In society today - there's this idea that people with uteruses are only tolerated because they have one job to do. And that is to pass on the genetic code to the next generation. They get born, grow up, and then are expected to birth more people. It doesn't matter who they are, what they like, what they think, how they feel, what they want in their lives, what matters is that they have a uterus to continue the human race. It's really sketchy that the author tried to sell me that their view is not misogynistic, that it's some how different from the “Patriarchal Society today” just because it's wrapped up in a new Pagan gift wrap.

    Don't use something that they didn't choose to have to say that is what makes them valuable or worth celebrating. Again, if what you view celebrating women to be, celebrating things like menstruation, pregnancy, or mourning the loss of the ability to have children while going through menopause (on page 145), you have some very seriously problematic views about women.

    This has other negative effects as well, because it says that women who never had uteruses to begin with are not women because they lack this organ. It also pushes that people who are not women who have uteruses to be women. It makes the concept of gender very specific and totally ignores people's feelings on the matter. This is fairly common with people in paganism and other occult practices to try to make gender or make identification of one's own body a this or that issue.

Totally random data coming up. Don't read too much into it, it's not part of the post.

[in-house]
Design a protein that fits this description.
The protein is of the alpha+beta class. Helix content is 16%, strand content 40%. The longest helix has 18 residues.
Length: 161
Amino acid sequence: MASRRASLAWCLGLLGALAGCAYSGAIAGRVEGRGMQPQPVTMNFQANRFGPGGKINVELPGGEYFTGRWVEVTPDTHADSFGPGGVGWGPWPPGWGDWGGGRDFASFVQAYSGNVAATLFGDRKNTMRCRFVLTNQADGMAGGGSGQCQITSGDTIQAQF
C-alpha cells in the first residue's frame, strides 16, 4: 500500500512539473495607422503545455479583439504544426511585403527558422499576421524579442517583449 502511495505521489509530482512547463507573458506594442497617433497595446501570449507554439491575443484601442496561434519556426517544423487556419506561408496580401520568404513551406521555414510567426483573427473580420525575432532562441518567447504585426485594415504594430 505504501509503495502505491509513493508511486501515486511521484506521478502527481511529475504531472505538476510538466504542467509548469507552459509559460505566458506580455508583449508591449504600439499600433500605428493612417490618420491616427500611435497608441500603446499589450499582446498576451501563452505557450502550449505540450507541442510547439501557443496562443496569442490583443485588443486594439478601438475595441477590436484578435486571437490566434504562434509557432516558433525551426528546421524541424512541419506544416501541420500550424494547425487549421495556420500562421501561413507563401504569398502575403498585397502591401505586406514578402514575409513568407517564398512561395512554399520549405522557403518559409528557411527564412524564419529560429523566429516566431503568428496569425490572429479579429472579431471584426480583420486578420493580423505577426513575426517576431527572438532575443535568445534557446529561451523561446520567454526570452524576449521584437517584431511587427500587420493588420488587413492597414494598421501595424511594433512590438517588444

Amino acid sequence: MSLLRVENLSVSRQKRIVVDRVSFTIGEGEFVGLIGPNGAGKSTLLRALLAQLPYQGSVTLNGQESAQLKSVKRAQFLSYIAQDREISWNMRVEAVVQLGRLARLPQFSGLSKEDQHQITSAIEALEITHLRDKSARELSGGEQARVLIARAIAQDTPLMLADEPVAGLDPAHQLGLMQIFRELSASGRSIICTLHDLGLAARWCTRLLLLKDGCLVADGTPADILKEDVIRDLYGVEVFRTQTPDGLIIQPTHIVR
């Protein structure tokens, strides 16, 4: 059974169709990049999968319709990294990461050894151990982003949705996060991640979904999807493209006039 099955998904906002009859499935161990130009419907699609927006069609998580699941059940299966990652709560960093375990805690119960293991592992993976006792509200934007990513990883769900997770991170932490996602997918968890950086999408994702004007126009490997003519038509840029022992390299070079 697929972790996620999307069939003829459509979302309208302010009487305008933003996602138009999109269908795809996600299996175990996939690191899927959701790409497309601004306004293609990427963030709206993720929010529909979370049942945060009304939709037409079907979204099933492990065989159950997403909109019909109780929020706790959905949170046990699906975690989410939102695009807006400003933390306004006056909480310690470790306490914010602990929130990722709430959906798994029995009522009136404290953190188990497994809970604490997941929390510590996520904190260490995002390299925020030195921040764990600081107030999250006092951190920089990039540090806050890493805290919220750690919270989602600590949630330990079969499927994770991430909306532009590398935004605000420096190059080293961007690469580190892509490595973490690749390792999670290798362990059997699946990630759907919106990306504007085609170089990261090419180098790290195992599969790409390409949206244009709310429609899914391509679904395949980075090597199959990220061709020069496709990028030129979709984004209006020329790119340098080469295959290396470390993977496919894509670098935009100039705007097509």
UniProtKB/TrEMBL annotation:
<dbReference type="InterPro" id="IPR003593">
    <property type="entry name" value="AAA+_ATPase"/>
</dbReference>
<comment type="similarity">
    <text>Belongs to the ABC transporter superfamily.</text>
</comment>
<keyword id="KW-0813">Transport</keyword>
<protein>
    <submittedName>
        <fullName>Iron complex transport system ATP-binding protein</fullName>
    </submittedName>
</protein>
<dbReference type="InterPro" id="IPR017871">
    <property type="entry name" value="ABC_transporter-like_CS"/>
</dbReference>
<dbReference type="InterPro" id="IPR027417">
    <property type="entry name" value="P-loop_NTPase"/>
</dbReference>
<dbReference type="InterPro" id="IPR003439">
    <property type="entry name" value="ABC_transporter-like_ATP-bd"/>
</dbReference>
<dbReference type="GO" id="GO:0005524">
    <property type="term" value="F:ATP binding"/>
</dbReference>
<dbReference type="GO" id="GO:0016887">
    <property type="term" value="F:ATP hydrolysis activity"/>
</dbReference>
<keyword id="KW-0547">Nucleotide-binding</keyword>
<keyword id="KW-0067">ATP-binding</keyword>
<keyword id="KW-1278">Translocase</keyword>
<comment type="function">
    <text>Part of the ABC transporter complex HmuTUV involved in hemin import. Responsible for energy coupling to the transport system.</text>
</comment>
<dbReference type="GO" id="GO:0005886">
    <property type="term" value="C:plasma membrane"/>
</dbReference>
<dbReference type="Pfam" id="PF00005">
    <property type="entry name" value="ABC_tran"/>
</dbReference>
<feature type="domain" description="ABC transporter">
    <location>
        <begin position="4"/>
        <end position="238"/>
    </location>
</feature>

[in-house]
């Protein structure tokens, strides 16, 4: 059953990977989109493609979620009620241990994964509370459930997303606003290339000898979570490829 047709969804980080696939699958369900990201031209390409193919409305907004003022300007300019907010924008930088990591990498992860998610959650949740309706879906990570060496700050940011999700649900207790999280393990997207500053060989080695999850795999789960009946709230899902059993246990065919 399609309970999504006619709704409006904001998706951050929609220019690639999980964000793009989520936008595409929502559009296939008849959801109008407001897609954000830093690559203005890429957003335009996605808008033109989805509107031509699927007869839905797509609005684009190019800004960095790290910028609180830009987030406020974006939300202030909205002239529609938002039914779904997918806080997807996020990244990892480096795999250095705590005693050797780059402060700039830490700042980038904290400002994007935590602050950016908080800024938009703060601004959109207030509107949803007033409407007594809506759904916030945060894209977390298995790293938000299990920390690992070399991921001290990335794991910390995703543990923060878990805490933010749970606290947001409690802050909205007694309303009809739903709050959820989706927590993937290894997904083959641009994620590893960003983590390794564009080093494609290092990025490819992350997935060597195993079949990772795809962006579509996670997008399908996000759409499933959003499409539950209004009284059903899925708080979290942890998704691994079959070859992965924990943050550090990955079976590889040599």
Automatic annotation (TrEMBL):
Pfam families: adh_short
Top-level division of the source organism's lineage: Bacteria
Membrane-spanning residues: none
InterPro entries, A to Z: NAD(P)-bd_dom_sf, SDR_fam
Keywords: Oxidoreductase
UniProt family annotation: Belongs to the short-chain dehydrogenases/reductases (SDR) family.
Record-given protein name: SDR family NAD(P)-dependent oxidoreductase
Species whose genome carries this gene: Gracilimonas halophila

Women do not have to menstruate to be women. Women do not have to have children to be “real women.” Women do not have to like to menstruate. Women do not need to “celebrate” their capabilities of having children. Women are not whether or not they have a particular organ.

    While I understand that the author wants to push women to the front of the conversation, to build them up, and to make them strong. This isn't the appropriate way of doing that, it's very exclusive. Since the author is all about making these rules about what a woman is or what a woman does, I doubt very much that many people would fit this author's definition of a woman.

    The Racism:

    There was definitely one thing that really bothered me in the way this author instructed people how to pick a deck. The author referred to various cultures as an “aesthetic.” Now I realize that the author in the following quote meant the Deck Art itself. However, it is very casual in it's racism. These cultures are human cultures with human beings who are not symbols, nor costumes, nor a “preferred art style.”